Our Social Media Image

social_media

Although Crystal Abidin’s blog “#hashtagmylife” outlines the social media usage of commercial lifestyle bloggers, the habits of these bloggers epitomize the habits of everyday social media users.

Everything that is posted on social media—Facebook, Twitter, Instagram, Snapchat—has been altered in some way to portray a specific, public image. Abidin questions, “…how calculated are your posts?” Posts are always calculated, but to varying degrees. Through personal experience, I know I always calculate a post—no matter how small. I wonder who is going to look at it, and what these individuals are going to think. These thoughts deeply affect the way in which I want to be perceived by others. Consequently, as these thoughts run through my mind, I will alter the post to fit the image I want to be viewed.

The trouble with our social media image is that this image is not our true self. In life, you cannot add a filter, you can only be yourself. Social media is by no means a negative mechanism; however, it can have negative affects on people’s lives. The constant feeling that one must update their profiles or feeds, in order to stay relevant, is hindering. We feel gratification when we receive likes on our posts, and, conversely, we feel unhappy when our posts aren’t appreciated to the degree we believe it deserves. The sentiment that one needs to update and maintain their social media image is constant, but one must take a step back, and truly question how important this image is.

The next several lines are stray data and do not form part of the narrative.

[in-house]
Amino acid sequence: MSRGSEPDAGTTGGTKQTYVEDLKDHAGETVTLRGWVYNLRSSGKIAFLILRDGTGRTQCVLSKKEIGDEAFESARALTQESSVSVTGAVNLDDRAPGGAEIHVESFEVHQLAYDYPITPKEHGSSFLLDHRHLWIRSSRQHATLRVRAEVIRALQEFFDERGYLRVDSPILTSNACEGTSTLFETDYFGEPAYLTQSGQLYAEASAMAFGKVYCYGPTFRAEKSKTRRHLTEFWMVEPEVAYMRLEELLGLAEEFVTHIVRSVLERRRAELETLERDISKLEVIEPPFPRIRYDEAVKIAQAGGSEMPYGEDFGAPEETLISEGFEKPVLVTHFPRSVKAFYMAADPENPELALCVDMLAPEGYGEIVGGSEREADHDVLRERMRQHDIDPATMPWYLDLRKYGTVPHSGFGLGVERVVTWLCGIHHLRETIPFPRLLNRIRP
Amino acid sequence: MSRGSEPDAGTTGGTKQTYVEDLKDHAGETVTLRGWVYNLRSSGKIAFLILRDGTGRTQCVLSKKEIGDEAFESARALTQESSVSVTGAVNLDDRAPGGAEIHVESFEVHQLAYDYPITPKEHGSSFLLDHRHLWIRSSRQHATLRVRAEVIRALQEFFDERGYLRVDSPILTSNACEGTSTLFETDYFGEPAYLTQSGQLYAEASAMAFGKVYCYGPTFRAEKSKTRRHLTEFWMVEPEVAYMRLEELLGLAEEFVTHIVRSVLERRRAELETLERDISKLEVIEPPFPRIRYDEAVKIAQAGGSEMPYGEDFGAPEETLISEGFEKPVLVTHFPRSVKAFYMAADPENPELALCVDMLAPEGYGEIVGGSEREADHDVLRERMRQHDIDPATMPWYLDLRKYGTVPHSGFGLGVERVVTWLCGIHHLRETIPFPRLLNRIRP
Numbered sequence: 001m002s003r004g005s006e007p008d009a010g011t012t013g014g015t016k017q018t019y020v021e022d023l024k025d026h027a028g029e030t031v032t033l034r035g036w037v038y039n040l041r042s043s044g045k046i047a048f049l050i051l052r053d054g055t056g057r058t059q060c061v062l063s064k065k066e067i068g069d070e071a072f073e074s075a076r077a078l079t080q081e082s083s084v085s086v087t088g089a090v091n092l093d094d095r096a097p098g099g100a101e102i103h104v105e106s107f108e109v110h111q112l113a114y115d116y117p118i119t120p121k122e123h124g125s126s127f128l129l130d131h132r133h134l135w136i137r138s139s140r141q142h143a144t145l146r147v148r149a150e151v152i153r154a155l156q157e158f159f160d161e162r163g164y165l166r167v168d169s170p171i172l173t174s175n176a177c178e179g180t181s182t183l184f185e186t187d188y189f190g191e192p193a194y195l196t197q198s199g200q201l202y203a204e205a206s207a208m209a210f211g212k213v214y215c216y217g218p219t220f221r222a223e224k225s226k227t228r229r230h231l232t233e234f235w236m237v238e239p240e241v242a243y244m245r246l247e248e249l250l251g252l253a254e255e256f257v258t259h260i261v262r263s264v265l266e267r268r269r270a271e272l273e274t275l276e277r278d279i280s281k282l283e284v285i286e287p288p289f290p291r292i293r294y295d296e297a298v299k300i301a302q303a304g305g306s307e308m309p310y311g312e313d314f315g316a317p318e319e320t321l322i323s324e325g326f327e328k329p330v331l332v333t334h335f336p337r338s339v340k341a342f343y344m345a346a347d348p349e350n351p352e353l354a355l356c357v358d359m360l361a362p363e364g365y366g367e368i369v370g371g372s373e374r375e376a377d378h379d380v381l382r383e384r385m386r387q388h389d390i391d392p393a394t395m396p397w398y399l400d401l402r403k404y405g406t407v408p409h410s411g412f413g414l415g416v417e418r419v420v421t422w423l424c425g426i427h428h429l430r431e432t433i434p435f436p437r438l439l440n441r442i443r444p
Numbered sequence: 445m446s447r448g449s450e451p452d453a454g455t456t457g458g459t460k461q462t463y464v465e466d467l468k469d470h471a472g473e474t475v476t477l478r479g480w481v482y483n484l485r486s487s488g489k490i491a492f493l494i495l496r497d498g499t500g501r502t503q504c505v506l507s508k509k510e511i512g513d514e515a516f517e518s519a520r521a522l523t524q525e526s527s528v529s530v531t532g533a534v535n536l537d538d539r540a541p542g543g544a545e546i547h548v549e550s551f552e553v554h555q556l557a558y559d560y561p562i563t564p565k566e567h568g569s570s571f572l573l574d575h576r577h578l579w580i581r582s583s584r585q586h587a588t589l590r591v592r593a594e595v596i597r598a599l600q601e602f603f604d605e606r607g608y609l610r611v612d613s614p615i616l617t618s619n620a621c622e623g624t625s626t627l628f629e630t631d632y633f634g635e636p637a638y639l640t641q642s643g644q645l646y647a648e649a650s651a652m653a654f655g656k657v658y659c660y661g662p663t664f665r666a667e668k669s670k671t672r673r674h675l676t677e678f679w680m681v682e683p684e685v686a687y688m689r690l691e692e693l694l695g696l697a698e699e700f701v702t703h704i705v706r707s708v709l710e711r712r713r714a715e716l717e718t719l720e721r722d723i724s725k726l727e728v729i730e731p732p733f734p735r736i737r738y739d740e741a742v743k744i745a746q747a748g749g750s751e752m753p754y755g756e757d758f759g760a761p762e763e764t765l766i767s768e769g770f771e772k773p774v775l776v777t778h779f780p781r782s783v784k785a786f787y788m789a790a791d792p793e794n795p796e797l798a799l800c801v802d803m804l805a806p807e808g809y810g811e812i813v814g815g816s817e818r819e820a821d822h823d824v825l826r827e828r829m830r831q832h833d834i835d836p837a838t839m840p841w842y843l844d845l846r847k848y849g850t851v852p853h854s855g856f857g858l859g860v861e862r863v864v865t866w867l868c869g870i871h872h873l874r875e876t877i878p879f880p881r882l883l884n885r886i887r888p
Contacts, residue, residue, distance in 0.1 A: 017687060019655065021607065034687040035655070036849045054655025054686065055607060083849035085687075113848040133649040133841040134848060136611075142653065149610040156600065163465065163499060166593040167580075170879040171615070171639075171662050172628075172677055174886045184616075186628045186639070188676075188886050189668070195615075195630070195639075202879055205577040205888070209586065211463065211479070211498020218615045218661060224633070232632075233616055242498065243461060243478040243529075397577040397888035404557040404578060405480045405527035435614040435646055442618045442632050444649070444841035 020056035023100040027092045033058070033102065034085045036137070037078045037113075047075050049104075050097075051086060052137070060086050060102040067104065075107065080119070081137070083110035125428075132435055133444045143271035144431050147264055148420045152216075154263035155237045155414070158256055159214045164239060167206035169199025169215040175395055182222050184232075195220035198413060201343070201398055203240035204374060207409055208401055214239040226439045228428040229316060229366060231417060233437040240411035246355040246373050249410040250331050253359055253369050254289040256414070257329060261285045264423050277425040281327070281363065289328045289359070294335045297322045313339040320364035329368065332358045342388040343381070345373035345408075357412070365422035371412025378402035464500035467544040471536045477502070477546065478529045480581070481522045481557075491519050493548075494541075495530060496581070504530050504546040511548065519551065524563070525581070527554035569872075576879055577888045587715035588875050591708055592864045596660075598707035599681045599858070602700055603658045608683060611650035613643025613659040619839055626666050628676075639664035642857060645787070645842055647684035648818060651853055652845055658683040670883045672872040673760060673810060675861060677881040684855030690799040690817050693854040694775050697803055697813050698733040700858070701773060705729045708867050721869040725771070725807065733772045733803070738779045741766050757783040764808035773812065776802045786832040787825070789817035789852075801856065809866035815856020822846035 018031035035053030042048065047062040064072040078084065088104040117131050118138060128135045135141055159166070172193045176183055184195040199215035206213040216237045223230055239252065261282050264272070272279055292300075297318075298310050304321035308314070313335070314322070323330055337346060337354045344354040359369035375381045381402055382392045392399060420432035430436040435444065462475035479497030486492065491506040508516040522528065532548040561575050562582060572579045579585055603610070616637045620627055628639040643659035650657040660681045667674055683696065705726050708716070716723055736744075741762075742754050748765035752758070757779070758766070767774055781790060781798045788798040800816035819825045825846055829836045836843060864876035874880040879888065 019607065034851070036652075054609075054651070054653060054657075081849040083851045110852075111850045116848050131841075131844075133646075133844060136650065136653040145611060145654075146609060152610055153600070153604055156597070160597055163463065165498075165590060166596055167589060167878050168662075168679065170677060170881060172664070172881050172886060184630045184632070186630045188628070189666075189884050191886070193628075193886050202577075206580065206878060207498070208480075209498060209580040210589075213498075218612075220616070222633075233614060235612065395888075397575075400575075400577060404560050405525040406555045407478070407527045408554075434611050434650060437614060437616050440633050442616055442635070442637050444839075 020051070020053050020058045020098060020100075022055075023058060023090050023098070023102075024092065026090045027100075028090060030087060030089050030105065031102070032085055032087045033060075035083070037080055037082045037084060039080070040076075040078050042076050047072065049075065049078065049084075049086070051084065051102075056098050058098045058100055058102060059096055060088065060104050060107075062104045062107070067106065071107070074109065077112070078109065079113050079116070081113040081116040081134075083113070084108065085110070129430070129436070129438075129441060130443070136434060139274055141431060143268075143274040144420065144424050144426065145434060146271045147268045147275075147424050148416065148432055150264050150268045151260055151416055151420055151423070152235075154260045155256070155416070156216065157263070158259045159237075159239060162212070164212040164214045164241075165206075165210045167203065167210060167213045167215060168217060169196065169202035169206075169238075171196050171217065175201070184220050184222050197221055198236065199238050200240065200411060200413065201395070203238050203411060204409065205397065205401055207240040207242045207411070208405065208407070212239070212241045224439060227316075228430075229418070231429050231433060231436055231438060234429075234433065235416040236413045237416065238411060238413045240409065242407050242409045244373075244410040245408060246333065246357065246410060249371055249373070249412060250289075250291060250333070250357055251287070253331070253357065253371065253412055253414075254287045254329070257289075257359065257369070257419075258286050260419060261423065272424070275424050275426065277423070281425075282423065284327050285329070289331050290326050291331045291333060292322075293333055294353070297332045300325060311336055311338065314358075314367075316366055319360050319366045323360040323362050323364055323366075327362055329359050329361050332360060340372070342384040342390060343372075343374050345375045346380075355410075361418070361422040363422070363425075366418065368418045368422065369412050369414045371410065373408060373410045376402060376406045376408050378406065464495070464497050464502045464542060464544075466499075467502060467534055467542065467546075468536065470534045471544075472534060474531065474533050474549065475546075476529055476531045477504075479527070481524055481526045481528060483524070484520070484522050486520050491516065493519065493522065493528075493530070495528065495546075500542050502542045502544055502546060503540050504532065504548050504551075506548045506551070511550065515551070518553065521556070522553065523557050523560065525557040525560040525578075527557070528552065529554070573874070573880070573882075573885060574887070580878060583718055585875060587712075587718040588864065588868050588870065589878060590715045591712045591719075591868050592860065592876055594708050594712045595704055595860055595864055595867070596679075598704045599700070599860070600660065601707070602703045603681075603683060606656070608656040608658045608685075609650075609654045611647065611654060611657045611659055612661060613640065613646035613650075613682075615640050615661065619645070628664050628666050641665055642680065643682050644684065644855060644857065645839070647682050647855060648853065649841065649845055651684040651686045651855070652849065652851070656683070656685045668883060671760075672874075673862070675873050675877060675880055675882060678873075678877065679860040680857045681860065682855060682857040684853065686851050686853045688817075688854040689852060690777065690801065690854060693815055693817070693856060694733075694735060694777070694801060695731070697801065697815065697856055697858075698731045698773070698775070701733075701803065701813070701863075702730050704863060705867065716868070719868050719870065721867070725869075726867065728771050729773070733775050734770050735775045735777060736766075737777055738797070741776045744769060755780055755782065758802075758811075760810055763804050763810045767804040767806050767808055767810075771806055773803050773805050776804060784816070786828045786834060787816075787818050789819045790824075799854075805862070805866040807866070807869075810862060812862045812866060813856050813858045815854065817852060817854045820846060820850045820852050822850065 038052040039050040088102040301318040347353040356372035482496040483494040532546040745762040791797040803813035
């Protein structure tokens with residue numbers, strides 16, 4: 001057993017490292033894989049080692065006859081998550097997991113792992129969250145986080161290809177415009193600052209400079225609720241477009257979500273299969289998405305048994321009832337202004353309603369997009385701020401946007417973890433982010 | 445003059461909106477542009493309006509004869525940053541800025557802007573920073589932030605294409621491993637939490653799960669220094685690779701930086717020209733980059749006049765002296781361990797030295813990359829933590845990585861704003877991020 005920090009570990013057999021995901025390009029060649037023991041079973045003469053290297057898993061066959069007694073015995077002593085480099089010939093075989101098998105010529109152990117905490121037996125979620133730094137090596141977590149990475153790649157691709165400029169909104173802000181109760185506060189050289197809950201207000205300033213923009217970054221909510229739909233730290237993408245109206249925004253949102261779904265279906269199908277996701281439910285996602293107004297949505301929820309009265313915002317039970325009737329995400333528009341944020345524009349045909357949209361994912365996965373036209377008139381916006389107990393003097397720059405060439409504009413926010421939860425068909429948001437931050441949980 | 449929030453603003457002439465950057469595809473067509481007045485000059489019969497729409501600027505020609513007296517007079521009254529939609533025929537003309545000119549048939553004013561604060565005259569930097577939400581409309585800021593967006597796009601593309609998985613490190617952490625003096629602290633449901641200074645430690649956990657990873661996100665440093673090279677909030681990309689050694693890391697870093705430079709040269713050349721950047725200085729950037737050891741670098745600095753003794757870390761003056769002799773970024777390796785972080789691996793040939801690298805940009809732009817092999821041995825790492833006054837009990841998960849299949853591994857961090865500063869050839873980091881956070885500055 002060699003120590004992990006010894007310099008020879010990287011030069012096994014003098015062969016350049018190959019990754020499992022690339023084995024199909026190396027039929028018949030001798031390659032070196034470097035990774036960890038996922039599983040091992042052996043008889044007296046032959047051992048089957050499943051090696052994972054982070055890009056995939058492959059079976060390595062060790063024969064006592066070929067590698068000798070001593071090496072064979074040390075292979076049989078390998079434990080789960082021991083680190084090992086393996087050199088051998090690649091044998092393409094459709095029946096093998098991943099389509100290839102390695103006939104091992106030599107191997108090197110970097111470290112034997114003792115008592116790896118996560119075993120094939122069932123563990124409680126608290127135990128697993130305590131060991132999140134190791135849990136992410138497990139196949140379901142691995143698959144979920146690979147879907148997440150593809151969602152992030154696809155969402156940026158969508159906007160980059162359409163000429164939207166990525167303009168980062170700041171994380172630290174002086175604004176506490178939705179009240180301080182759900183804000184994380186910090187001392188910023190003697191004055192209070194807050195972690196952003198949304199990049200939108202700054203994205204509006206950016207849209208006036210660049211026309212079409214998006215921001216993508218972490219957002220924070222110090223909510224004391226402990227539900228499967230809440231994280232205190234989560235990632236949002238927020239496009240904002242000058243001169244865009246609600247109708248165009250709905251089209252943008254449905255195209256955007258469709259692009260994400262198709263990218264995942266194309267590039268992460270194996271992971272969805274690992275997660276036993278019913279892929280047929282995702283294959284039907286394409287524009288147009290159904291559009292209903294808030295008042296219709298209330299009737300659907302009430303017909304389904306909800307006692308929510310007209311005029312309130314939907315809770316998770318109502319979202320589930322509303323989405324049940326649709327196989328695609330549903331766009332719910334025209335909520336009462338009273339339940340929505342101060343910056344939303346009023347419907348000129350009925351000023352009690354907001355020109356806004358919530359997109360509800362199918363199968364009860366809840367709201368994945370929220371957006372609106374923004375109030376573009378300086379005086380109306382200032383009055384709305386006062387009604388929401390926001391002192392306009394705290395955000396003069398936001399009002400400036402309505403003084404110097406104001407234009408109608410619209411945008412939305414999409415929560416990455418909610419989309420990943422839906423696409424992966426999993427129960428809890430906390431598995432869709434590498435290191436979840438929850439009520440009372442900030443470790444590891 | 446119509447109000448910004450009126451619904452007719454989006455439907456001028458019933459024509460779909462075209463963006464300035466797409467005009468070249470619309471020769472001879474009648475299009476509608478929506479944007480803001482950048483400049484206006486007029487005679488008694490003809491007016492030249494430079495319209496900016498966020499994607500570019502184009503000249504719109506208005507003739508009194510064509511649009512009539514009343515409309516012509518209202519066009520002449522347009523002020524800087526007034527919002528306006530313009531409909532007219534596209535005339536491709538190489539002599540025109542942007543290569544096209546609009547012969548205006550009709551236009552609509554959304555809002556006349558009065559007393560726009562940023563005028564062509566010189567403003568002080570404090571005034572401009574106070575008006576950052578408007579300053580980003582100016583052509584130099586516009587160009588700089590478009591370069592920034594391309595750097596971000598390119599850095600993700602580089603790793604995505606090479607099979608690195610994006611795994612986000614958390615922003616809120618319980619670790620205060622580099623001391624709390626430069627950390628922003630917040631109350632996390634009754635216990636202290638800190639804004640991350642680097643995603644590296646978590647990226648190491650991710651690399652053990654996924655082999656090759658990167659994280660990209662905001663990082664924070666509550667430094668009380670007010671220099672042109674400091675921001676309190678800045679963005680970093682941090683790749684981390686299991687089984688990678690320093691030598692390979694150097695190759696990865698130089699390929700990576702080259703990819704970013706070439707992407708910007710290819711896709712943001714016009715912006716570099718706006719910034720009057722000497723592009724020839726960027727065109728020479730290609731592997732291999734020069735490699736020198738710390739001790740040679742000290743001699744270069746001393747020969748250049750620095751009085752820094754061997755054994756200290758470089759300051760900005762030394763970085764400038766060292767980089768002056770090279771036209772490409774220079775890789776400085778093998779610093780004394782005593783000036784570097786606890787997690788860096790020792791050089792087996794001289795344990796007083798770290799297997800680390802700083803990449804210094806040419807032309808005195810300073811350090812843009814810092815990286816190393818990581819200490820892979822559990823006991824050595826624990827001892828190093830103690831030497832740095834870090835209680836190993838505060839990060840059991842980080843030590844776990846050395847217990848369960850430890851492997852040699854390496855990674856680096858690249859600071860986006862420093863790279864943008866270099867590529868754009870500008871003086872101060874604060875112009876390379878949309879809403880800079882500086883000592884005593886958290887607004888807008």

Sources: http://popanth.com/article/hashtagmylife/

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One thought on “Our Social Media Image

  1. You bring up some very good points regarding social media, especially the idea that individuals are not truly representing themselves online. The calculation and planning that goes into a post or the time that one puts into getting the perfect selfie are not accurate reflections of that person in the “real world”. It is interesting that this is the case, for many argue that social media is a place of free and unlimited self-expression. If this were true, wouldn’t we be expressing ourselves? Instead, social media has given us the power to create a version of ourselves. Yet curiously enough, as you brought up, our “real world” self is affected by the attention (or lack thereof) that our online personas receive. This is a complicated concept that not only changes the way others view us, but how we view ourselves. I wonder what long lasting effects social media will have on society, and what they will do to the social hierarchy we have grown accustomed to.

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